When customers make purchases personally or as part of their job remit, what they really want in exchange for their money beyond clear value is a big spoonful of TRUST.

We live in a relationship economy, it is no longer about meeting expectations, it is the above and beyond, the experience of the journey from education to decision – transaction and the after. 

Now more than ever trust is not only the most valuable asset a company can have but it is also the most easily broken.  No matter how innovative or cutting edge your offering might be, at the very minimum you must meet the expectations you have set for your customer. If you want to be a profitable company then delivering to expectations is merely not enough – you must create a memorable, talked about experience.

Engaging customers is a trust-based journey of consistency. If you are not paying attention to the next evolution of customer centricity you will lose out and find yourself in a position of cutting back to squeak by and not delivering to move ahead. For many it is a challenge, most notably the solution/service-based organisations. Trust is both rational and emotional and when it is considered in the context of a customer experience approach it allows for multi-channel touch points, giving the customer the ability to navigate and chose their journey.

Don’t under estimate the need for the balance of cost versus when considering customer experience however never ever under estimate the bottom line value of trust, but always remember that past experiences are the drivers behind rational trust and when that experience is negative it takes at least 3 to 4 positive experiences to move past it.

The digital age has brought the advantage of having options available at the customer’s fingertips. Customers hold all the power now with web and mobile devices affording them the opportunity to change brands without a second thought and voicing their opinions about it through social media. So how does a company gain and keep the trust of the customer in an age when change is so easy? By respecting the fact that the customer does have a choice.  It does not matter if it is B2C or B2B customers are people, and it is their personal experiences with your product or service that is the key.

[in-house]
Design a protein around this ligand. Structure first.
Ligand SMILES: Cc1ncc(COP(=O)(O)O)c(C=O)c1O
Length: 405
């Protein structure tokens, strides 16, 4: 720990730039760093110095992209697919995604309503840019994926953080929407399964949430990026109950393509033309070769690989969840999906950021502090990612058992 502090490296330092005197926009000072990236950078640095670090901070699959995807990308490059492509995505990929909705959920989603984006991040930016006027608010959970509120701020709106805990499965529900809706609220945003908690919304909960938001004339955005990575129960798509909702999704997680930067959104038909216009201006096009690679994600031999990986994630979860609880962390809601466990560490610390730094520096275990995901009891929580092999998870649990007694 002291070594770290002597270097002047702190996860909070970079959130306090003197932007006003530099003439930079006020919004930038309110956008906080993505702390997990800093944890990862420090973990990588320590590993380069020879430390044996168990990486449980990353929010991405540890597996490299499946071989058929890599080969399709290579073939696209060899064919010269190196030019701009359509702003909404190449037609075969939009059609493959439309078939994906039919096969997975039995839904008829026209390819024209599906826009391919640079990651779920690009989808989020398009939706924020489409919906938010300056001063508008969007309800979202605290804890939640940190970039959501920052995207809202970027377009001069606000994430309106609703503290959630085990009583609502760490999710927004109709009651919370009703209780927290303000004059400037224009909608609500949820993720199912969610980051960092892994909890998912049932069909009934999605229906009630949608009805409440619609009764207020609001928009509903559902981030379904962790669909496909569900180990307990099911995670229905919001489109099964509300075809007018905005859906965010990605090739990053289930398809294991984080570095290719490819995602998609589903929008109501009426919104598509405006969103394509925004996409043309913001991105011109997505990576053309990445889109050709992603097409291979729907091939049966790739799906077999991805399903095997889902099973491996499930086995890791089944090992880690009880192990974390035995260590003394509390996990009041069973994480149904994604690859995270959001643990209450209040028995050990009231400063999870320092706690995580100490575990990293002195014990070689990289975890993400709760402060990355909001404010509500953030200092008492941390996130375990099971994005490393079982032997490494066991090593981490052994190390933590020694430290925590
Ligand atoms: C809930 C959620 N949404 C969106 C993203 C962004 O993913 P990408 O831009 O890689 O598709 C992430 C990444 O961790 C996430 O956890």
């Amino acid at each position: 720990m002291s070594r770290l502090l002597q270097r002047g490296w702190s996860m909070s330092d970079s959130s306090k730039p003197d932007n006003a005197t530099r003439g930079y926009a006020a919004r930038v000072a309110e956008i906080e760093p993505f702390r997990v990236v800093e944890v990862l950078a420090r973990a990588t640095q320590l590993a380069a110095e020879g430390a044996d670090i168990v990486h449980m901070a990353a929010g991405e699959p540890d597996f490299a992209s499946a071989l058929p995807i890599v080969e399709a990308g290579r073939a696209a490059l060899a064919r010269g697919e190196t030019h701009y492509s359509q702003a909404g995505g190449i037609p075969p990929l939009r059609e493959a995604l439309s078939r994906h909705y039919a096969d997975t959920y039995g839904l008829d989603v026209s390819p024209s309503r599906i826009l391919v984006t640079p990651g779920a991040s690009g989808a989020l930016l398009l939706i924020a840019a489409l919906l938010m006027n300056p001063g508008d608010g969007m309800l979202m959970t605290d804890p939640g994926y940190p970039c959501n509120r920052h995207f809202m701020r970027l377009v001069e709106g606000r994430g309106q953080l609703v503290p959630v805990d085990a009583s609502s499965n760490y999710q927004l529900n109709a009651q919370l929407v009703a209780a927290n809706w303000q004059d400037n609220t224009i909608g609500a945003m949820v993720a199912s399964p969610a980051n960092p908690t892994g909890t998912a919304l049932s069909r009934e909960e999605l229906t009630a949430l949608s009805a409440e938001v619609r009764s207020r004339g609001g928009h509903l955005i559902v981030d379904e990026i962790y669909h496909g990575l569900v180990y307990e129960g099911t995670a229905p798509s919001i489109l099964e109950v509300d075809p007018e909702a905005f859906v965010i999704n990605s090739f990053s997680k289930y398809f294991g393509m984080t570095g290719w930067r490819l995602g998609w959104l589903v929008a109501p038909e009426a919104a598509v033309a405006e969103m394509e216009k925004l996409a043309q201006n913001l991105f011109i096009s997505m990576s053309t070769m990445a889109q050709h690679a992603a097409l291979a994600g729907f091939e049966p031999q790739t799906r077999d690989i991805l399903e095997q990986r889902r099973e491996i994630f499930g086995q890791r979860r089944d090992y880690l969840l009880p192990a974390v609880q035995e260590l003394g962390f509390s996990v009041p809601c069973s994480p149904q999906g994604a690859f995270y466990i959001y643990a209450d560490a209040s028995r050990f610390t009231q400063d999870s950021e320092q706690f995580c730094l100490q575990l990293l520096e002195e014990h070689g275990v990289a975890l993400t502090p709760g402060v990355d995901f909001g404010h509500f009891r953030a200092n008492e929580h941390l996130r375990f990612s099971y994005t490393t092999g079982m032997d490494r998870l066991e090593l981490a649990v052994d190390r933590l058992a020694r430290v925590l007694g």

The leader in trust is Amazon, they have gone to great effort to ensure their experience is as seamless as possible, leading to millions of shoppers and billions in revenue.  By creating a market leading experience Amazon compels shoppers to be loyal customers, make repeat purchases and tell all their friends about it.   Price isn’t the sole reason millions of people shop at Amazon. They do it because Amazon offers the best eCommerce customer experience.  It is no secret that Amazon has gone to great lengths to examine and create an experience that has led to millions of loyal shoppers.

Price isn’t the sole reason millions of people shop at Amazon. They do it because Amazon offers the best eCommerce customer experience.  It is no secret that Amazon has gone to great lengths to examine and create an experience that has led to millions of loyal shoppers.

Make social/digital medias part of your customer experience journey – BUT NOT the entire journey.  Use it as an advantage to reach customers quickly, create that personal interaction.  Then get back to basics, pick up the phone!!! When companies are willing to make the investment, they see that the trust equation does minimises risk and uncertainty.

It is not difficult to overlook the link between customer experience and trust.  Many companies limit their view to marketing and sales and miss the connection. Taking customers on a journey rather than a sprint (for the quick sale) creates long-lasting trust.  The long-term relationships that this represents leads to references (word of mouth) and a greater share of wallet.  At the end of the day it’s about priorities, if the company only cares only about the bottom line this will be visible in the customer experience. 

To improve the customer experience every company must start with the employee experience (EX).  If you can’t talk the talk – you will repeatedly stumble when trying to walk the walk! Yet amazingly most companies don’t understand how intertwined CX and EX really are.  Every organisation needs to recognize that their customer experience should never exceed their employee experience. Creating a customer-first culture starts with creating an employee-first culture. The loyalty of the employees to deliver the company’s approach to customer experience is paramount to success.

Companies have one chance to make a great first impression. Creating a customer-first culture makes all the difference in how a brand is perceived by its customers.

There are a lot of moving pieces to the earning the trust of your customer through their experiences with your organisation.   Making improvements to any one of them can be a major adjustment for the company. To ensure that the experience is designed to order organisations need to understand themselves, understand their customers and what the ideal experience should look like. 

Ask your customers, find out what you do best, why and how then replicate it. But more importantly find out what you do wrong and fix it.  After all, the definition of trust is a firm belief in the reliability, truth, or ability of someone or something. “relations have to be built on trust”